US personal consumption spending for November is projected to rise 0.3% vs. the previous month in Monday’s update (Dec. 23) from the Bureau of Economic Analysis, based on The Capital Spectator's average econometric forecast. Today’s average projection matches the previously reported 0.3% increase for October. Meanwhile, the Capital Spectator’s average 0.3% prediction for November is moderately lower than a consensus forecast based on a survey of economists.
Here's a closer look at the numbers, followed by brief summaries of the methodologies behind The Capital Spectator's estimates:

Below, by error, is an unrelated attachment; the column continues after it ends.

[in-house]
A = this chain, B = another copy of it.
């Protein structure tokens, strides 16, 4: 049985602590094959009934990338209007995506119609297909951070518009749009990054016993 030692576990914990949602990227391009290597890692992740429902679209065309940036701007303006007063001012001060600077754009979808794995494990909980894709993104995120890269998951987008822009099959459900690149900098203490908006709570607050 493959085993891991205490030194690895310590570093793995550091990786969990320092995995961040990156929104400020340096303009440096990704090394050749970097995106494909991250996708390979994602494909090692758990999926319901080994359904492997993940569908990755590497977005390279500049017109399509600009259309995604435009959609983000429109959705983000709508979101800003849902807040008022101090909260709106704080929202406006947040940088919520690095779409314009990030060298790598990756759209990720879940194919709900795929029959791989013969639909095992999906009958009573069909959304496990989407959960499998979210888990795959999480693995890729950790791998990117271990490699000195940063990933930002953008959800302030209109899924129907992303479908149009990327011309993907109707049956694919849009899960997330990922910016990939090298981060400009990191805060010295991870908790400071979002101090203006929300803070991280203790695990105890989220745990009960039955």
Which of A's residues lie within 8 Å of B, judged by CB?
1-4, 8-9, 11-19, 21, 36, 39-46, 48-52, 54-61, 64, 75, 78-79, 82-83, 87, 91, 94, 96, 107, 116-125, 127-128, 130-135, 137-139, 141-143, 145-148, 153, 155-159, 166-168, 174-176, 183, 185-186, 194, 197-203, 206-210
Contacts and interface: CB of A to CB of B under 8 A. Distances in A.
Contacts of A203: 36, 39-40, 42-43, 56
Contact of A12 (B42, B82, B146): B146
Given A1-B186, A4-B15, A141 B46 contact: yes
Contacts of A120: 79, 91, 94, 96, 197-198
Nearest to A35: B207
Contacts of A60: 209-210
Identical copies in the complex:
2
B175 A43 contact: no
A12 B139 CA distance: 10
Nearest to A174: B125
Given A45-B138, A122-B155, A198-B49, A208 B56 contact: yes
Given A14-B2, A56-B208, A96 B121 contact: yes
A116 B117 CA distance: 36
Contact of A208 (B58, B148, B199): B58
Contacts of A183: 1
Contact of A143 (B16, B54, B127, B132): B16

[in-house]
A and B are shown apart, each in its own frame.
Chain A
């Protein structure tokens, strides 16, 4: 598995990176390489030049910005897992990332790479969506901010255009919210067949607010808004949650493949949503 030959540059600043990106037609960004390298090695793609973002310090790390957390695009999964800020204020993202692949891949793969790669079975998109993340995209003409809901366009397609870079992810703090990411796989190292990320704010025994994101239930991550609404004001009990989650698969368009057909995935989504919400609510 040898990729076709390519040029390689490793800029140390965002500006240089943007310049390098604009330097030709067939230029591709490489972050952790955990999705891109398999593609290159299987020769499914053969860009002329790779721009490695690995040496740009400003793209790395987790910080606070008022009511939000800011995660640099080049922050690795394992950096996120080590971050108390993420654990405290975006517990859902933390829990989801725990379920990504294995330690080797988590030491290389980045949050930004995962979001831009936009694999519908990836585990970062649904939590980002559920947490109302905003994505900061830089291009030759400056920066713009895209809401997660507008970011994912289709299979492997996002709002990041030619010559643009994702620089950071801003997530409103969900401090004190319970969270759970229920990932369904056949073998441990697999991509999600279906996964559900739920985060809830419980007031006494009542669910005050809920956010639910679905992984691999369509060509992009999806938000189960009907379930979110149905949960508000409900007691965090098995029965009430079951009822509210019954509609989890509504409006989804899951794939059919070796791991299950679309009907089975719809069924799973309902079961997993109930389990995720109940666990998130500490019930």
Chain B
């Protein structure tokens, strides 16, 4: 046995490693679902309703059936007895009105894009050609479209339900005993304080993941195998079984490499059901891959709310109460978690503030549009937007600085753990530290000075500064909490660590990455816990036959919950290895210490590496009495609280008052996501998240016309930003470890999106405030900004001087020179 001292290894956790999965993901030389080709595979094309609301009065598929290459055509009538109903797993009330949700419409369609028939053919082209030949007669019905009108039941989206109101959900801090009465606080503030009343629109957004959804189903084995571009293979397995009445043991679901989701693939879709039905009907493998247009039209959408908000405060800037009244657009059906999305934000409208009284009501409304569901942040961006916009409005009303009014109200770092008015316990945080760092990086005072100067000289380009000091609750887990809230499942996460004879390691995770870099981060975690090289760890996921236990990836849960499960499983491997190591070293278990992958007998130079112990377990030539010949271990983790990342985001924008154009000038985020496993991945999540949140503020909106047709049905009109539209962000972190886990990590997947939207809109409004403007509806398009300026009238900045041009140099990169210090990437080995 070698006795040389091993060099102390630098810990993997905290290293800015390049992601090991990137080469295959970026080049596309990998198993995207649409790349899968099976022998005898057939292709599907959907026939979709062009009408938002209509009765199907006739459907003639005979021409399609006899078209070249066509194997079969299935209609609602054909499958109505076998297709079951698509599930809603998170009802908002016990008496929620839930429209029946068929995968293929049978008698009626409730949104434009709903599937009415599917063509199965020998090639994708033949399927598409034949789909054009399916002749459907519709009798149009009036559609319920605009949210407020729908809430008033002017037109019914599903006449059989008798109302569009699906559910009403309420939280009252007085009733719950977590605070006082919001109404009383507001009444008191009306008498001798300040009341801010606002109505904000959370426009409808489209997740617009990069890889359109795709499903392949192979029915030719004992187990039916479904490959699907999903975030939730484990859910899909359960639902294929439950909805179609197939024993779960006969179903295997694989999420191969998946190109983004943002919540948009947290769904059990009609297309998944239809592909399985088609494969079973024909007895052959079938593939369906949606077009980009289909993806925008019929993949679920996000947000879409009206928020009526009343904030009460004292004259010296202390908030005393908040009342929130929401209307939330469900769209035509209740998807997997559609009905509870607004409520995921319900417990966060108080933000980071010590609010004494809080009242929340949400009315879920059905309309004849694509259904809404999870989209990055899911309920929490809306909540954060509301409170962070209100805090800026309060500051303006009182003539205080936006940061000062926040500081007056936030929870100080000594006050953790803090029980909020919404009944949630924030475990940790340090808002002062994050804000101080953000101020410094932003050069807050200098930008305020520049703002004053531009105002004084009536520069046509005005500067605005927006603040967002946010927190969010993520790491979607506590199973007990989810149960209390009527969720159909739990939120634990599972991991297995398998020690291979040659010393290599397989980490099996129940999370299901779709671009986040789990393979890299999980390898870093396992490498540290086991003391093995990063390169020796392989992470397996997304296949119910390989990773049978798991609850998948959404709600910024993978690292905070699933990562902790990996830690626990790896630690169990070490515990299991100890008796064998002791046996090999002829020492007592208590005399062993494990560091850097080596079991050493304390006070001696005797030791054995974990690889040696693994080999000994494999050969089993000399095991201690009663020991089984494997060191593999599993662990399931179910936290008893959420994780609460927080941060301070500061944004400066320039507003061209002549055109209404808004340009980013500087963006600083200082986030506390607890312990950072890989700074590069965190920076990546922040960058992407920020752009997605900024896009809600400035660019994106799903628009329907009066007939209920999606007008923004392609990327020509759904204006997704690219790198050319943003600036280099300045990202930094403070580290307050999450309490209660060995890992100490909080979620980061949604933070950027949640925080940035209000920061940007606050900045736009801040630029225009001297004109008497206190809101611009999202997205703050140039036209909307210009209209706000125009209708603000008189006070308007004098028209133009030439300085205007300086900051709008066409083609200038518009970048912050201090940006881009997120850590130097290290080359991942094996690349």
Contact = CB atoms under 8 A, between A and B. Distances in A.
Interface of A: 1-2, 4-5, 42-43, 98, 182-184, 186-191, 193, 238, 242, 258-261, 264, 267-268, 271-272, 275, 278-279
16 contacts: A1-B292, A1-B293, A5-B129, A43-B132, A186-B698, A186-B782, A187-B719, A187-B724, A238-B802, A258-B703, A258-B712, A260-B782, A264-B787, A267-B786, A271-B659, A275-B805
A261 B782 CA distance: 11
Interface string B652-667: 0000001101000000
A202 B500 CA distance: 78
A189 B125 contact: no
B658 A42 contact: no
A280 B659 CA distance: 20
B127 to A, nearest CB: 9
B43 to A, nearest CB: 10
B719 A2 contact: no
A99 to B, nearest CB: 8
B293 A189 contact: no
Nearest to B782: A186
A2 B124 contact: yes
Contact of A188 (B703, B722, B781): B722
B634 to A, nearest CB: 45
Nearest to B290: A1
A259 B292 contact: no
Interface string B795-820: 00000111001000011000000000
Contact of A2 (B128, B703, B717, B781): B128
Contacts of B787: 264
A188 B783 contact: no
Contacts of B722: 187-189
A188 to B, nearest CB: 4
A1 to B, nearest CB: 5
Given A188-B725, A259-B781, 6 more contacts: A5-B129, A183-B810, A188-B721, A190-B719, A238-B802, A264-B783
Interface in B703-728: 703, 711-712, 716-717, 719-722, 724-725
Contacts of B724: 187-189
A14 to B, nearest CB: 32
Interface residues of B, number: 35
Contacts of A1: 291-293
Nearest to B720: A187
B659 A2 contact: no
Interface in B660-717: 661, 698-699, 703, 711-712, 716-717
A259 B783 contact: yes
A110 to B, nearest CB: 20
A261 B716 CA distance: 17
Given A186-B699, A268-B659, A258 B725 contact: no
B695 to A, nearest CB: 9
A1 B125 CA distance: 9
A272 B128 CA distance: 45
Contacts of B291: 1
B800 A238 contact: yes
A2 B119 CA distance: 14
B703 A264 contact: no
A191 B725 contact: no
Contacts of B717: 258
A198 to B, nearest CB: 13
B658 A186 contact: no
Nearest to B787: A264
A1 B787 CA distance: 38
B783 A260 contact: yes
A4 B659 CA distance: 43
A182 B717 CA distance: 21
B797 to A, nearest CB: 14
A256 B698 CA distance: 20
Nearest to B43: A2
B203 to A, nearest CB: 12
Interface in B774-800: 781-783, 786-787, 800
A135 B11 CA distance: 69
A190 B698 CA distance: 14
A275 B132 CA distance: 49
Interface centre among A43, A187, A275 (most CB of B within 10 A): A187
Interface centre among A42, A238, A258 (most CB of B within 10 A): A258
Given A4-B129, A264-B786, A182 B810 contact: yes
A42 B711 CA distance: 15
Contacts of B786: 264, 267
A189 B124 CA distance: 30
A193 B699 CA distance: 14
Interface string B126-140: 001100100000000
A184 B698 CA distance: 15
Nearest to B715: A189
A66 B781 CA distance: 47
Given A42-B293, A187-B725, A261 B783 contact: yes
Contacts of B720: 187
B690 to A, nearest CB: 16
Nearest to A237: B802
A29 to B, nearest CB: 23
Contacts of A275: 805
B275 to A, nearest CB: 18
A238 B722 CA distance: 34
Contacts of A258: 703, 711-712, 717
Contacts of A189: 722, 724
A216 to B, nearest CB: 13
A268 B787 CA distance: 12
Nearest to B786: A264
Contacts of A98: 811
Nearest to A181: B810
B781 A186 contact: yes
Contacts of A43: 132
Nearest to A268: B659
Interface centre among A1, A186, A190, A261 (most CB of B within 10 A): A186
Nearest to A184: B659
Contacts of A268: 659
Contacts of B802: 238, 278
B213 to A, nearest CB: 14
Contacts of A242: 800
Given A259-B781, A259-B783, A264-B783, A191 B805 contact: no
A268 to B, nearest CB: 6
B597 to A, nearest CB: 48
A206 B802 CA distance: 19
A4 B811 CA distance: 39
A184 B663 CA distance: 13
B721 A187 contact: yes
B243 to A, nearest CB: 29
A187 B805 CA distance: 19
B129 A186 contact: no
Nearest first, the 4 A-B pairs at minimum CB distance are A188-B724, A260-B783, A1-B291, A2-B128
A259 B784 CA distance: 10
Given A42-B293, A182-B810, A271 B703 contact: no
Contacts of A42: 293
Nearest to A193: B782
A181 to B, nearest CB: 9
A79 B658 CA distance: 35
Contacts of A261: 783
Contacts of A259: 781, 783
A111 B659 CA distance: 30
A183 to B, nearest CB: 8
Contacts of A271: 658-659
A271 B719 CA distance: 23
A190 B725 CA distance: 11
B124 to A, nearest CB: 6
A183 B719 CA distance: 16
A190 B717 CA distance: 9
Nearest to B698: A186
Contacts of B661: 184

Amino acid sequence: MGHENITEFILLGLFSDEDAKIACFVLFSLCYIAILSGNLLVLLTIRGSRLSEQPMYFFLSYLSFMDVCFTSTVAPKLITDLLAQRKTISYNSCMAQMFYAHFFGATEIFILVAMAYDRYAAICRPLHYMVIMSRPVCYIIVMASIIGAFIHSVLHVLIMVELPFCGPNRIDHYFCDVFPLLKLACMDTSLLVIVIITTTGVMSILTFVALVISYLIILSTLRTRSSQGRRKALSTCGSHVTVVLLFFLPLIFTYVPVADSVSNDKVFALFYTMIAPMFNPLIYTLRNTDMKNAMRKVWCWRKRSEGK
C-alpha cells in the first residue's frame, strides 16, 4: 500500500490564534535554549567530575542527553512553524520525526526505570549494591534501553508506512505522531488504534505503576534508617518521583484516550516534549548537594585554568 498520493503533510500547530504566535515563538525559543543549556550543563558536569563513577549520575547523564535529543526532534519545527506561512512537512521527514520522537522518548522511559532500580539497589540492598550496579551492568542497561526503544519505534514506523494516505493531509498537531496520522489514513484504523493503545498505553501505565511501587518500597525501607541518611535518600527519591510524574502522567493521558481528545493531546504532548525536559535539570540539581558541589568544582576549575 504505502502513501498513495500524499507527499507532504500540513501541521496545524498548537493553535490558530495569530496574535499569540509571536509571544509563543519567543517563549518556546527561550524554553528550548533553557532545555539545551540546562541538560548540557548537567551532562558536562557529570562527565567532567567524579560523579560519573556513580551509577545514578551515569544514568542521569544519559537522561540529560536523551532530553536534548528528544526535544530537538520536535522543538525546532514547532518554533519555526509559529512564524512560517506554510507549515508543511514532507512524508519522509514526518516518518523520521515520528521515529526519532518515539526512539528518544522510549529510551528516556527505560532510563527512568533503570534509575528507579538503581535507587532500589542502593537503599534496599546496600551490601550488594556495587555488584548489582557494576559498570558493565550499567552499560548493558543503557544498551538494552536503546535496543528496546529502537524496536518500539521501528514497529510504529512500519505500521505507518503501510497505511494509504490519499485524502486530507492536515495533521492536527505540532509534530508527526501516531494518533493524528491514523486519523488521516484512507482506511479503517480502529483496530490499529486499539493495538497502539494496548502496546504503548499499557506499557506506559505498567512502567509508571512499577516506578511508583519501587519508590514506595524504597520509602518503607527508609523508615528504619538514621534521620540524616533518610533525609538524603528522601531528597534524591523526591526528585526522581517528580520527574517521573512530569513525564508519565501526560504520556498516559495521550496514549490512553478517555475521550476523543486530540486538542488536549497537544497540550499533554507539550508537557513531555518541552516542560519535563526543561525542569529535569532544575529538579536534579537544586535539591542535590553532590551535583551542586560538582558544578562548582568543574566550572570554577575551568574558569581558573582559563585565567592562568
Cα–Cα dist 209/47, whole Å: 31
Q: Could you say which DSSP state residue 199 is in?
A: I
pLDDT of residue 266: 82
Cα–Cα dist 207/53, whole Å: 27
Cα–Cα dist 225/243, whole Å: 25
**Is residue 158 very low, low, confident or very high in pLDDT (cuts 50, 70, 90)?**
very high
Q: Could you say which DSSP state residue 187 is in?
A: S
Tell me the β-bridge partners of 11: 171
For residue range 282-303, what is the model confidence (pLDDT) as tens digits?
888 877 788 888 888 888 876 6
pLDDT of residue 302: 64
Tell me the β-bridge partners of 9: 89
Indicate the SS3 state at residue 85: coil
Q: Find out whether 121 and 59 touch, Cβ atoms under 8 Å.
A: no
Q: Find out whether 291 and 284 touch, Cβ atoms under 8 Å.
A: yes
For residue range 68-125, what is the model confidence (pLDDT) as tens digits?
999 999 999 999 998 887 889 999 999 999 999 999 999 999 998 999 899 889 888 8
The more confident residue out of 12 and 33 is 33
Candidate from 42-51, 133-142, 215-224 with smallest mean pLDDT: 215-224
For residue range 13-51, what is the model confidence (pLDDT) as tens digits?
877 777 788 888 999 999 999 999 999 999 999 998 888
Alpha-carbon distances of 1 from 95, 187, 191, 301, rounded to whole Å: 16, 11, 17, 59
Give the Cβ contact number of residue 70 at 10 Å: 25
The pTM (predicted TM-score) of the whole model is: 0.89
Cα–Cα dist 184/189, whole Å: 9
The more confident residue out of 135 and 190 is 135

VAR-3: A vector autoregression model that analyzes three economic time series in context with personal consumption expenditures. The three additional series: US private payrolls, personal income, and industrial production. The forecasts are run in R with the "vars" package.
ES: An exponential smoothing model that analyzes the historical record of personal consumption expenditures in R via the "forecast" package to project future values.
R-1: A linear regression model that analyzes the historical record of personal consumption expenditures in context with retail sales. The historical relationship between the variables is applied to the more recently updated retail sales data to project personal consumption expenditures. The computations are run in R.